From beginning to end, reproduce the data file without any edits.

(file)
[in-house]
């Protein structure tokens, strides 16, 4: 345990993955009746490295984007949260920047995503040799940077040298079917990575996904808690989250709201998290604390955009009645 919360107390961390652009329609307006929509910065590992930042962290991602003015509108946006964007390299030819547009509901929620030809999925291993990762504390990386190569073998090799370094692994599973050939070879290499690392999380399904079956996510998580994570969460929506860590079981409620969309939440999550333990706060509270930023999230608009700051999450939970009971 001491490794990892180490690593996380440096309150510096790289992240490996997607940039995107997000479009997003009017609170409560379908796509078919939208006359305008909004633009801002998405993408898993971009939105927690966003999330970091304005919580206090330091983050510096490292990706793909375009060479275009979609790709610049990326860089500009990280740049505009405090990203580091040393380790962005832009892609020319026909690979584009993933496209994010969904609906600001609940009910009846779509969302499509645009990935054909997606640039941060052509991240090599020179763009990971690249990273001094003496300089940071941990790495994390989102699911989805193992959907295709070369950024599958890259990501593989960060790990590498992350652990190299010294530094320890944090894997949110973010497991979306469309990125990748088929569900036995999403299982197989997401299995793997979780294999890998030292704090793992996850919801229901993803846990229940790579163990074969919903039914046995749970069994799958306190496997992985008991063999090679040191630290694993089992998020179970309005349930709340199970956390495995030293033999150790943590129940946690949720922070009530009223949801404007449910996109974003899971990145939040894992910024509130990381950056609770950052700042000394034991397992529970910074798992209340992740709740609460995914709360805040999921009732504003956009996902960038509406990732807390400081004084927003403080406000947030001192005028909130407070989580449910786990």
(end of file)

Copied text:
[in-house]
């Protein structure tokens, strides 16, 4: 345990993955009746490295984007949260920047995503040799940077040298079917990575996904808690989250709201998290604390955009009645 919360107390961390652009329609307006929509910065590992930042962290991602003015509108946006964007390299030819547009509901929620030809999925291993990762504390990386190569073998090799370094692994599973050939070879290499690392999380399904079956996510998580994570969460929506860590079981409620969309939440999550333990706060509270930023999230608009700051999450939970009971 001491490794990892180490690593996380440096309150510096790289992240490996997607940039995107997000479009997003009017609170409560379908796509078919939208006359305008909004633009801002998405993408898993971009939105927690966003999330970091304005919580206090330091983050510096490292990706793909375009060479275009979609790709610049990326860089500009990280740049505009405090990203580091040393380790962005832009892609020319026909690979584009993933496209994010969904609906600001609940009910009846779509969302499509645009990935054909997606640039941060052509991240090599020179763009990971690249990273001094003496300089940071941990790495994390989102699911989805193992959907295709070369950024599958890259990501593989960060790990590498992350652990190299010294530094320890944090894997949110973010497991979306469309990125990748088929569900036995999403299982197989997401299995793997979780294999890998030292704090793992996850919801229901993803846990229940790579163990074969919903039914046995749970069994799958306190496997992985008991063999090679040191630290694993089992998020179970309005349930709340199970956390495995030293033999150790943590129940946690949720922070009530009223949801404007449910996109974003899971990145939040894992910024509130990381950056609770950052700042000394034991397992529970910074798992209340992740709740609460995914709360805040999921009732504003956009996902960038509406990732807390400081004084927003403080406000947030001192005028909130407070989580449910786990």